More importantly, however, Obasanjo himself said at the ceremony to release his book: “The book had already been published and printed three months ago, only for the court to be asked to put a stop to it. Buruji went to a court to stop the book from being published and the hearing was fixed for yesterday (Monday). When that was not enough, he went to another court by 5pm on a Friday and got an injunction, saying the book should not be published. Unfortunately, the book was already completed three months ago. Secondly, I want the judge that gave such an injunction to be penalised.”
Against the background that Obasanjo has challenged the “contempt of court” charge, and indicated his intention to seek a suspension or stay of execution of the court’s orders, it is clear that the unfolding show is far from a finale. Indeed, there may well be even more fascinating twists and turns before the denouement.
Of course, the thought-provoking quality of Obasanjo’s book is not limited to these extra-literary gyrations. In content, the book is a veritable trigger of contemplation. To illustrate this point, it will suffice to concentrate on Obasanjo’s pictures of his immediate successor, Umaru Yar’Adua, and the incumbent President Goodluck Jonathan who succeeded him.
Obasanjo wrote in his book: “I was heavily involved in the transition and exit process that saw me leaving office for my successor, Umaru Yar’Adua, as recounted in Chapter 37, the ninth chapter of the second volume of this book. The unprepared and unplanned transition from Yar’Adua to Jonathan was a more difficult exercise in some respects. One reason was the ‘cloak and dagger’ manner in which Yar’Adua’s illness was handled.” He continued: “The illness of a President cannot be regarded as private. His health has implications for the security and wellbeing of the nation. For the president and those around him to have attempted strenuously to keep the fact of the severity of his illness from public smacks of ignorance of the enormity of what the job entails and the level of provinciality of their understanding, attitude, and approach.”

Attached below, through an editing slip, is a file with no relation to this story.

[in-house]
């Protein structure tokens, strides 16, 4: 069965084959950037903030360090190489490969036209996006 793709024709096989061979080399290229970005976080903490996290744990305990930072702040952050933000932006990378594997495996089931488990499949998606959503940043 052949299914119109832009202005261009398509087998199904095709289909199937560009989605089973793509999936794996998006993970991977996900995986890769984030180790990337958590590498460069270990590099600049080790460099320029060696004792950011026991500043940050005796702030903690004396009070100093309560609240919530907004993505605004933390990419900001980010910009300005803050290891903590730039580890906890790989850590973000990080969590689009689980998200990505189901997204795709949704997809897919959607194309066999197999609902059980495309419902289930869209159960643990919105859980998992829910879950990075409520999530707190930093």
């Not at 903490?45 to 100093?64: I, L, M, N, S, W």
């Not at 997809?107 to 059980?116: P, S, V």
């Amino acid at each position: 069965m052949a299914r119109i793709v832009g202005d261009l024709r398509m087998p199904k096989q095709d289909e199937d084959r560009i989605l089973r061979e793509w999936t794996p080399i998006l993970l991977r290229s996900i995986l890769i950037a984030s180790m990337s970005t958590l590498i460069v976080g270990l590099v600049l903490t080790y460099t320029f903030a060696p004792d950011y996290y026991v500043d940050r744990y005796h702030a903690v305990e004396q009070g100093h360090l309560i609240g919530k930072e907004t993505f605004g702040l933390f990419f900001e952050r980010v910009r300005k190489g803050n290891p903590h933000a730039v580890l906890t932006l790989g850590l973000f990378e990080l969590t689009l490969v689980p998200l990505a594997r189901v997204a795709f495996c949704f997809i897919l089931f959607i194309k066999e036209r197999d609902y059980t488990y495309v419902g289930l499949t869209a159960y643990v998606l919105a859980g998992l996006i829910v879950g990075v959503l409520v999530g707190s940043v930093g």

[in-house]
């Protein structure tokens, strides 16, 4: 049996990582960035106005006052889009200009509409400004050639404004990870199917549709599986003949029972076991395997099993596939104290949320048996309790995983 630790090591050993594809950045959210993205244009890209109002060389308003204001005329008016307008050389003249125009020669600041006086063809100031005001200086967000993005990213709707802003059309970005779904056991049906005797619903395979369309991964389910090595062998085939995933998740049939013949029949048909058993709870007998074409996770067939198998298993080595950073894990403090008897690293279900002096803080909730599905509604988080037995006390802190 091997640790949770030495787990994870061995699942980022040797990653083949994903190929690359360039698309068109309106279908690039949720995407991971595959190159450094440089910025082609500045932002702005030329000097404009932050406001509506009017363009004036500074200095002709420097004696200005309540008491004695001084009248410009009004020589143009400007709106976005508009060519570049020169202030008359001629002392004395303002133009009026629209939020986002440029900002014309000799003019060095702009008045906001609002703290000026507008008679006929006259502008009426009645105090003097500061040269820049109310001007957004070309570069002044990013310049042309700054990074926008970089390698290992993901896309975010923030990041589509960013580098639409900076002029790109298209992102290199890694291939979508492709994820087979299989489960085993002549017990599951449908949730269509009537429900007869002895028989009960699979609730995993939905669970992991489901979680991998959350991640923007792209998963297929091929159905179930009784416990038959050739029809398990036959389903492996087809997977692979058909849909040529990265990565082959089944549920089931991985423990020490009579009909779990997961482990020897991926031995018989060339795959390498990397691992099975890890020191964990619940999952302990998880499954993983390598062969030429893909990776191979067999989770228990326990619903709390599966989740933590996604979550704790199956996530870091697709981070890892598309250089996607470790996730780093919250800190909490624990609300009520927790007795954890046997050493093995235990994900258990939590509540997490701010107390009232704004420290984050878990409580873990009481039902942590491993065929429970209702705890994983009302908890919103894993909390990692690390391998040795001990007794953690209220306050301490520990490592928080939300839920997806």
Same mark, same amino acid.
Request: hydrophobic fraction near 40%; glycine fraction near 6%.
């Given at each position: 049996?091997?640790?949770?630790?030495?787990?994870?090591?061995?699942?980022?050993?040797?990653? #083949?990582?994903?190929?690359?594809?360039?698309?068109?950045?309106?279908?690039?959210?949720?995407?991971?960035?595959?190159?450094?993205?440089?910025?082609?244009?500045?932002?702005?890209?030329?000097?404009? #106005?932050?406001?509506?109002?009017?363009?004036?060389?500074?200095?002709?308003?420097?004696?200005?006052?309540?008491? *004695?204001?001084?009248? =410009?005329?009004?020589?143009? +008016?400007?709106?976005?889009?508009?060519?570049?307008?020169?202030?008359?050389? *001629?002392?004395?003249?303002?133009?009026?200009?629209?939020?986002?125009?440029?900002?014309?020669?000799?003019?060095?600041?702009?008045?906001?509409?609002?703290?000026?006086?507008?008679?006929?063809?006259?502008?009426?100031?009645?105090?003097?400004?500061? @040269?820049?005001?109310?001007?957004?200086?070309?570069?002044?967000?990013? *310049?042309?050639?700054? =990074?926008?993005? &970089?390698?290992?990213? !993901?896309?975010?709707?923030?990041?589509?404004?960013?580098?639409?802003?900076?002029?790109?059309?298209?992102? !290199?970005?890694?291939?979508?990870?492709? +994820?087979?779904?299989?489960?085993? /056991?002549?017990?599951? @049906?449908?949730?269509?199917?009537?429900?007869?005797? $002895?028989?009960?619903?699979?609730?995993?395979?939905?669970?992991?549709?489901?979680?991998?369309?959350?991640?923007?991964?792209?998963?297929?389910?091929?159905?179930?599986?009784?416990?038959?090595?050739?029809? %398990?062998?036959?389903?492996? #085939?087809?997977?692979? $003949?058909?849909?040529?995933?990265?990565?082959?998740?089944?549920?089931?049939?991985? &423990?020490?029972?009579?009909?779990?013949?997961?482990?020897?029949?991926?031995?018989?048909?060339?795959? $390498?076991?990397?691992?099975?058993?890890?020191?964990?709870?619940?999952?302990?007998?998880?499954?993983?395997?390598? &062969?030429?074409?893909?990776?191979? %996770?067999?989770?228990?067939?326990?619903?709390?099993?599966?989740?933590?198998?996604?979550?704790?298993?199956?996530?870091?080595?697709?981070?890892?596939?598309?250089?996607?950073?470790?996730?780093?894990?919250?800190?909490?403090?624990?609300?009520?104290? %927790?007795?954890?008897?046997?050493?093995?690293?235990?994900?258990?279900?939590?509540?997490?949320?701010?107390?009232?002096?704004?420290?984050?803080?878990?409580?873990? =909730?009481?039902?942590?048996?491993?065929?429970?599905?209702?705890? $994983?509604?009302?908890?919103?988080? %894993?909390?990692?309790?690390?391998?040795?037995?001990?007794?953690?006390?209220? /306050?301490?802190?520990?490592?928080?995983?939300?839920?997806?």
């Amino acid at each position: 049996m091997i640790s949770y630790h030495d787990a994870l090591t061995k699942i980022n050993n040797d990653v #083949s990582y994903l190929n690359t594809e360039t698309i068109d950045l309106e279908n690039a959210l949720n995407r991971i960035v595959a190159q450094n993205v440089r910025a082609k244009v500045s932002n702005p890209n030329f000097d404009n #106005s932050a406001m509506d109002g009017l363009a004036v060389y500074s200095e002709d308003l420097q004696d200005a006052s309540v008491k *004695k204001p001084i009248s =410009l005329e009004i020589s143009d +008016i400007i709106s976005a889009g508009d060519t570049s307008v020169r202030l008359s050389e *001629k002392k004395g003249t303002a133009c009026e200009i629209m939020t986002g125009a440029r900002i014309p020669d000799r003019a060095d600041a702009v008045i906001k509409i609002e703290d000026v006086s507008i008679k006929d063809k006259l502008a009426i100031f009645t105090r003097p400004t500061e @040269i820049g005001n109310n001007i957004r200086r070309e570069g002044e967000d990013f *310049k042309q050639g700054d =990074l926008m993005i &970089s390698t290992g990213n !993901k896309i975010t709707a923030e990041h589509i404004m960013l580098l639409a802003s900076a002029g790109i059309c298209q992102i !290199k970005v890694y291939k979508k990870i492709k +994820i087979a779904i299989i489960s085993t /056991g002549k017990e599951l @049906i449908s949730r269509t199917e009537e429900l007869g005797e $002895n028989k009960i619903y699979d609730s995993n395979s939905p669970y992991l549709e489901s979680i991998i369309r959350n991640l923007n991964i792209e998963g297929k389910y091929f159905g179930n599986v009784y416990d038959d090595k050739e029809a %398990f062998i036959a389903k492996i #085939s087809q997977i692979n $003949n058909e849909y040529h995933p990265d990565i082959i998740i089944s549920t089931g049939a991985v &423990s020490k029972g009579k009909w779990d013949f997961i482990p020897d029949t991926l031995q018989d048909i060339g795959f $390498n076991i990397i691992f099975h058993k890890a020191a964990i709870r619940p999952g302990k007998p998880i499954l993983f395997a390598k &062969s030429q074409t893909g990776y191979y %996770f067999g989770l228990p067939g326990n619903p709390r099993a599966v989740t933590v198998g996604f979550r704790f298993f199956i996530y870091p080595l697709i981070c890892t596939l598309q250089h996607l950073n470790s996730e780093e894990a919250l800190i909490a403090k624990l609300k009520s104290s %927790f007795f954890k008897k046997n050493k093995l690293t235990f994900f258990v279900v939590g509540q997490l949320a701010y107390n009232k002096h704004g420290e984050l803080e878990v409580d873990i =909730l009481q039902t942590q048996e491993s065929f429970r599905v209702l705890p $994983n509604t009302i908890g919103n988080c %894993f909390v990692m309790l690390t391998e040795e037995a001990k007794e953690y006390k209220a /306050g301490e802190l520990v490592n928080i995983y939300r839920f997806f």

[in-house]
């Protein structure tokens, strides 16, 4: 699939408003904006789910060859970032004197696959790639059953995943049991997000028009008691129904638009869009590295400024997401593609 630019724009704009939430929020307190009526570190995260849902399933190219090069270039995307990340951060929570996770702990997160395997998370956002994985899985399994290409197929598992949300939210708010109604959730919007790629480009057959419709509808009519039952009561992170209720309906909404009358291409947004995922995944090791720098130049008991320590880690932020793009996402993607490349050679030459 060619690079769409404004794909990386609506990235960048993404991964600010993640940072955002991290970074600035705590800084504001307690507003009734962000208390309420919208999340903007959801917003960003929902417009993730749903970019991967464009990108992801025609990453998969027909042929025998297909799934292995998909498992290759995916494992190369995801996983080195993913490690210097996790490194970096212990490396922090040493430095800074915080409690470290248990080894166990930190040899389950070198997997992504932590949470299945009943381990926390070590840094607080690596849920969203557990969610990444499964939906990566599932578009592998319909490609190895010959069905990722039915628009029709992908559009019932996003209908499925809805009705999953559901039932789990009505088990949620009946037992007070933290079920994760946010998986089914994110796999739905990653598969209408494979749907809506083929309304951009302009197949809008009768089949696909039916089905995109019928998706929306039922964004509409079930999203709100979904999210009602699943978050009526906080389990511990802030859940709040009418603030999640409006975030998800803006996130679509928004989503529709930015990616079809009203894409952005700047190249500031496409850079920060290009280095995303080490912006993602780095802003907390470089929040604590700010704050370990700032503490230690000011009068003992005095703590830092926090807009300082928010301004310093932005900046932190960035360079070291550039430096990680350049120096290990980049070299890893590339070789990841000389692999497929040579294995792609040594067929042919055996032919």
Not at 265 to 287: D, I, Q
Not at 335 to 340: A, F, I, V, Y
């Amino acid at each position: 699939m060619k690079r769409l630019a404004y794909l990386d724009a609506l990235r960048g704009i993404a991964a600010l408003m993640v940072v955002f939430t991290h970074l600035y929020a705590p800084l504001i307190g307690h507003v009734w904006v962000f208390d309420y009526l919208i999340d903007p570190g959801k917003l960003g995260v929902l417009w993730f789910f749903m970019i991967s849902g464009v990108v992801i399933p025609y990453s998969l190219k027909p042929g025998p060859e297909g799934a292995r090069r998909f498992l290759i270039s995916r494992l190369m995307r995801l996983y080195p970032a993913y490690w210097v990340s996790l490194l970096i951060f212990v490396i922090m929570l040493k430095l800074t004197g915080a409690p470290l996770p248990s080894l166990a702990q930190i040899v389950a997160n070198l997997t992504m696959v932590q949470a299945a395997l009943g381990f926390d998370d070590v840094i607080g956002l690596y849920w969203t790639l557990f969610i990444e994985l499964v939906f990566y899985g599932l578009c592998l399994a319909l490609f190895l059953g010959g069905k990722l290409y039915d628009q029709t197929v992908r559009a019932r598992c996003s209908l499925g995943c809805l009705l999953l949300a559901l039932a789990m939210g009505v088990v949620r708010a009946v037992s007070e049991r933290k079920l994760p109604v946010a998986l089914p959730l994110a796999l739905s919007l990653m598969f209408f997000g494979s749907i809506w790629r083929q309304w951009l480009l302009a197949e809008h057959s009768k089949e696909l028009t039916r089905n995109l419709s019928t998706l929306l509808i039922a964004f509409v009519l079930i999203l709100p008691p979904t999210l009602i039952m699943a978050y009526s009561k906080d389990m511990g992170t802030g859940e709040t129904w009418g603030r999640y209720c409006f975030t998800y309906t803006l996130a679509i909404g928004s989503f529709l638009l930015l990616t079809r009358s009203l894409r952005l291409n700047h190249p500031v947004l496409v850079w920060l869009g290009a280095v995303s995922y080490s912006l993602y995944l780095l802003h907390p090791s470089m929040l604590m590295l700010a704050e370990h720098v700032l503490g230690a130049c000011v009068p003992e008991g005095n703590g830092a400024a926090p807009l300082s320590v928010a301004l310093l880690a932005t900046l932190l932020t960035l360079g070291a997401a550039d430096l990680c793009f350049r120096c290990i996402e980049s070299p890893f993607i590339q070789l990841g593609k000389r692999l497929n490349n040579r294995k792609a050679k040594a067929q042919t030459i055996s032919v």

On Jonathan, Obasanjo wrote: “Jonathan is lacking in broad vision, knowledge, confidence, understanding, concentration, capacity, sense of security, courage, moral and ethical principles, character and passion to move the nation forward on a fast trajectory.” He added: “Under Jonathan we seem to have gone from frying pan to fire. If in the past corruption was in the corridors of power, it would seem now to be in the sitting room, dining room and bedroom of power. If what is called ‘corruption’ is stealing, under the watch of Goodluck Jonathan, then government has become legalized and protected robbery.”
There is no doubt that these portraits have revelatory features, but not only concerning the portrayed characters. In a profound sense, they also represent a self-portrayal by the portraitist, who is fixated on the canvass and cannot appreciate that he may need to remove the log in his own eyes, which suggests a hypocritical hypnosis. Obasanjo was fundamentally, and perhaps culpably, the prime puppeteer in the plots that produced Yar’ Adua and Jonathan; and so he may, with believability, make magisterial pronouncements on their political careers. However, he cannot offer these insights in order to achieve self-exculpation.
It is conceivable that others have their own stories too, which they could tell by writing books. Sadly, an enduring minus of the country’s political class is the poverty of mind that prevents many of its major players from documenting their experiences for whatever it may be worth.
Written by: Femi Macaulay